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Organizing for social and economic justice in Pawtucket and across Rhode Island.

Group photo of new GWC Board and supporters, Pawtucket Public Library stairs, June 8, 2019p. Photo credit: Susan O'Connell

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Know Your Utility Rights!

Learn about the policies and programs we teach at our meetings for help with your utilities


Know Your Utility Rights Meetings

Learn how you can make a difference and make utilities affordable for everyone in RI!

Are you facing termination of your gas or electric service? Join us at this informational clinic to learn your rights and ways to stop utility shut-offs in Rhode Island.

Every Wednesday, 6:30 PM
32 East Ave
Pawtucket RI 02860

Community Organizing Workshop Series

We are excited to present our Summer 2024 Community Organizing Workshop Series! Check out the announcement below for more details.
GWC Statewide Meetings

We hold regular workshops. Contact us for upcoming scheduled dates, or to host a workshop at your organization, school, or community group.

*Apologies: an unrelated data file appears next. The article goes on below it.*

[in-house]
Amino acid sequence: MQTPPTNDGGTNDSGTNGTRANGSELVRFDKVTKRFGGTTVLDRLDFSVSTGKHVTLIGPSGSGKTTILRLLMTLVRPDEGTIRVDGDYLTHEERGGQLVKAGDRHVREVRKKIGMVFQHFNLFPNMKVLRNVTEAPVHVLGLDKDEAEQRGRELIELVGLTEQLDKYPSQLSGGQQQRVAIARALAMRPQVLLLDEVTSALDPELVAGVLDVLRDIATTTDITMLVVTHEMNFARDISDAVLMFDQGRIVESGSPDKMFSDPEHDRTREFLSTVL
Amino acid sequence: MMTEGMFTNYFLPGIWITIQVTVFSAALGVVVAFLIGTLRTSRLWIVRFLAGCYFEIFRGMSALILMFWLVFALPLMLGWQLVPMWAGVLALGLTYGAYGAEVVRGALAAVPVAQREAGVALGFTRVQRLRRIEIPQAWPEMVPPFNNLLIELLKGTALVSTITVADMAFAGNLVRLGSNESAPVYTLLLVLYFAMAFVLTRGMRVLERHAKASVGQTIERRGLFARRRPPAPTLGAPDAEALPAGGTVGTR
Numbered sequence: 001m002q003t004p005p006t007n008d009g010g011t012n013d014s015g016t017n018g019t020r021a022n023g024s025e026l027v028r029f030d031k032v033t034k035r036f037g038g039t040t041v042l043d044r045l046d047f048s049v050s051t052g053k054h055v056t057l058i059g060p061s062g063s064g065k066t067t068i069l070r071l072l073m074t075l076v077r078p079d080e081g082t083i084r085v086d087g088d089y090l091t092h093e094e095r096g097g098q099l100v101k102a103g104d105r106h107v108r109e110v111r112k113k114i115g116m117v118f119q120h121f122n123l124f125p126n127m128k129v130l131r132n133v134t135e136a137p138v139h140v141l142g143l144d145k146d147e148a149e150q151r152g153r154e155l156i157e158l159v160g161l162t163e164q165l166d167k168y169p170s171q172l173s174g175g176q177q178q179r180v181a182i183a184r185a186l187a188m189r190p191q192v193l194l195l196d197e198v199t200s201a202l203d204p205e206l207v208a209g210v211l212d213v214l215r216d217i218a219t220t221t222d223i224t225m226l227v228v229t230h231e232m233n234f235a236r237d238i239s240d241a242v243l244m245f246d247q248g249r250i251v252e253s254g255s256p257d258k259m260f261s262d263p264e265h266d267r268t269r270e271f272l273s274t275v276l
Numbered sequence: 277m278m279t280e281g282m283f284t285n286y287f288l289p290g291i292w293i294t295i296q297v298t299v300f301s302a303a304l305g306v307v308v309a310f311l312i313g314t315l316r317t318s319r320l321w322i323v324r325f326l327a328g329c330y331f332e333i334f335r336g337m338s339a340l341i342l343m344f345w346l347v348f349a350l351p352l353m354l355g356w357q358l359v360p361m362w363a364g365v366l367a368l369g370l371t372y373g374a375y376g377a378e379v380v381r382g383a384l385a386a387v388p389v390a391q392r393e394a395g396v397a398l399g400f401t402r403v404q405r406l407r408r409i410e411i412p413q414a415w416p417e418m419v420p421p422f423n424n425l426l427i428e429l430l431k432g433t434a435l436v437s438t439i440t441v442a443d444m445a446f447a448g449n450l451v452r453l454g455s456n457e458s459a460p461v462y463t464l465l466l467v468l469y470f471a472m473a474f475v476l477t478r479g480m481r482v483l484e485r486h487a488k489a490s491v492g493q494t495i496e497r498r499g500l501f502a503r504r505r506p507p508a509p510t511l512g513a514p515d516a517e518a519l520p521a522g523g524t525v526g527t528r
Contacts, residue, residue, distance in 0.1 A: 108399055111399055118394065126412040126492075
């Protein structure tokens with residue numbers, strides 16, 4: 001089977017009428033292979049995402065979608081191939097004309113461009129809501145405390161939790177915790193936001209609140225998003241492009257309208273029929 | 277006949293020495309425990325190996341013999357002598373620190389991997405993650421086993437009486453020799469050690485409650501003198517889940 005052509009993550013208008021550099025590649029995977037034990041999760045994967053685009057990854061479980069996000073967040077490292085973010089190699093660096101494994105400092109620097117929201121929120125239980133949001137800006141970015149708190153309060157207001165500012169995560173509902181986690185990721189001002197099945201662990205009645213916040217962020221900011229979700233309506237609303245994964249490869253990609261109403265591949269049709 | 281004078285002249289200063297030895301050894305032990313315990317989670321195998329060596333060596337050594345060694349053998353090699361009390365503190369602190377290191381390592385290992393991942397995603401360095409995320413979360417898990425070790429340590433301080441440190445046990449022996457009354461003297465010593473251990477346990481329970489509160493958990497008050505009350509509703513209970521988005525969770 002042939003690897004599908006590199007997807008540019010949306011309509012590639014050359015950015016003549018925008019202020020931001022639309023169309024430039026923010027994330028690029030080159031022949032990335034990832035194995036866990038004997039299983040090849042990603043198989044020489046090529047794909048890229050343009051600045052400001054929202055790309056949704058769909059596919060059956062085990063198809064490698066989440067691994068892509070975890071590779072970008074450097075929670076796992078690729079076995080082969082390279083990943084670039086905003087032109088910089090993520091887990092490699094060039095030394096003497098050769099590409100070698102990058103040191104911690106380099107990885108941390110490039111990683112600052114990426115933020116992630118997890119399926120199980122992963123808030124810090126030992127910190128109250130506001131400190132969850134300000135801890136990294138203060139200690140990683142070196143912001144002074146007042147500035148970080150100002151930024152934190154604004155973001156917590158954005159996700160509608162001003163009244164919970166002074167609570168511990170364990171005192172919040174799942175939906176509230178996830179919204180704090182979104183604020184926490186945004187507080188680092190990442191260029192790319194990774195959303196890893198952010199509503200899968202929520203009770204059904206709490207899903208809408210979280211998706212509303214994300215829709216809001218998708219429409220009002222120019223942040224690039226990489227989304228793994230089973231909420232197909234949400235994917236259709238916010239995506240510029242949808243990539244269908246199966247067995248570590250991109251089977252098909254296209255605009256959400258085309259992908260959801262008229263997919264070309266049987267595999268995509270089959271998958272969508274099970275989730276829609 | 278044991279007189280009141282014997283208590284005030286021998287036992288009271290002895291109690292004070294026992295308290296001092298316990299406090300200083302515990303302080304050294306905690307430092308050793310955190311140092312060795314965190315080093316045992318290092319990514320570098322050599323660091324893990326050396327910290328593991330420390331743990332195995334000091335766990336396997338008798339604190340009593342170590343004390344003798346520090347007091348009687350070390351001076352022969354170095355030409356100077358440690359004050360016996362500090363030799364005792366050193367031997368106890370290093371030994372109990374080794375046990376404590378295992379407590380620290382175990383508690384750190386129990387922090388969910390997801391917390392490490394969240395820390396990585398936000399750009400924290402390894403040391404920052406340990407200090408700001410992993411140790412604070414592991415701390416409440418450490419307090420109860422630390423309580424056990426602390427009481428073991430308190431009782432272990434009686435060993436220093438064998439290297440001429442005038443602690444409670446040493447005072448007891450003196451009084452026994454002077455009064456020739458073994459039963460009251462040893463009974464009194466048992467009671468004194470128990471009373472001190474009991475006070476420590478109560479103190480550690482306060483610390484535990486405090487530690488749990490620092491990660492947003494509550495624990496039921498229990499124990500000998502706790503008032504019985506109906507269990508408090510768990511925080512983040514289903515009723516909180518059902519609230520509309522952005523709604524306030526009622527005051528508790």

Are you interested in learning more about community organizing?


Join us for four organizing sessions to engage in learning about community organizing, current critical issues and how to connect with community members to build our ability to make change together.

Show solidarity around the impacts of climate change, energy insecurity, economic and environmental injustice.


Are you experiencing the current heat wave without access to A/C?


The George Wiley Center will be open as a cooling center from 1-4pm on select days with high temperatures. Drop in to cool off and become involved! We aim for this to also serve as an opportunity to share your story.

Stay on the lookout on our Instagram and become a member to receive text updates so you know when we our next cooling center day will be!

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Victory for tenants! RI General Law mandates landlords to provide a written 60-day notice for rent increases and 120-day notices for tenants over 62 before raising the rent.
Thank you for your leadership Rep Jennifer Stewart For State Representative District 59